Thyroid cancer (TC) is the most prevalent endocrine cancer, accounting for about 95% of all such malignancies. The incidence of this cancer has increased dramatically in the last three decades.
The thyroid is a physically insignificant endocrine gland located in the neck anterior to the trachea. Cancer of the thyroid has historically been uncommon, yet incidence rates have been increasing dramatically worldwide over the past 20 years. A corresponding increase in thyroid cancer claims has also been observed in Critical Illness (CI) insurance over the past decade.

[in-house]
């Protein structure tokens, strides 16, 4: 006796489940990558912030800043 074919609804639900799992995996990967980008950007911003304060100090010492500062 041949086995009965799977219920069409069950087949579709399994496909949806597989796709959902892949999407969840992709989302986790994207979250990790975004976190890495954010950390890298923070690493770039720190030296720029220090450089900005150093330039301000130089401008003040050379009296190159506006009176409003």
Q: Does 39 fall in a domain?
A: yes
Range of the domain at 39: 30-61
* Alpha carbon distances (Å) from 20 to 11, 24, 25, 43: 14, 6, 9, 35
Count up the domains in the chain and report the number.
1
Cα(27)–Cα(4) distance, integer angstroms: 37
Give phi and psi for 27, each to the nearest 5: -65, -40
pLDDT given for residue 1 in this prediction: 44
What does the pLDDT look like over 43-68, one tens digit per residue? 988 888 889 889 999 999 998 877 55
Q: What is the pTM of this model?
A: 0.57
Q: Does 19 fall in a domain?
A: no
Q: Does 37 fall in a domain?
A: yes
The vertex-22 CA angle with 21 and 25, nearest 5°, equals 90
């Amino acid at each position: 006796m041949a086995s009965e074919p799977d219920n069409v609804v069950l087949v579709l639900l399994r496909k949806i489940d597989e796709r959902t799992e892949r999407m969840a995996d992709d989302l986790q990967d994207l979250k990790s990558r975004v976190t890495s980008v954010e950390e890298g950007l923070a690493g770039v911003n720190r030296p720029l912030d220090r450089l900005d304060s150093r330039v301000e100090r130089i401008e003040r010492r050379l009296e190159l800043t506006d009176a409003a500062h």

Strong arguments support cancer screening in a clinical setting, but for insurers offering Critical Illness (CI) policies it could mean they receive claims for tiny tumors that are anything but serious. Affordable access to sensitive imaging technology has the potential to drive a massive rise in the numbers of insignificant cancers being detected.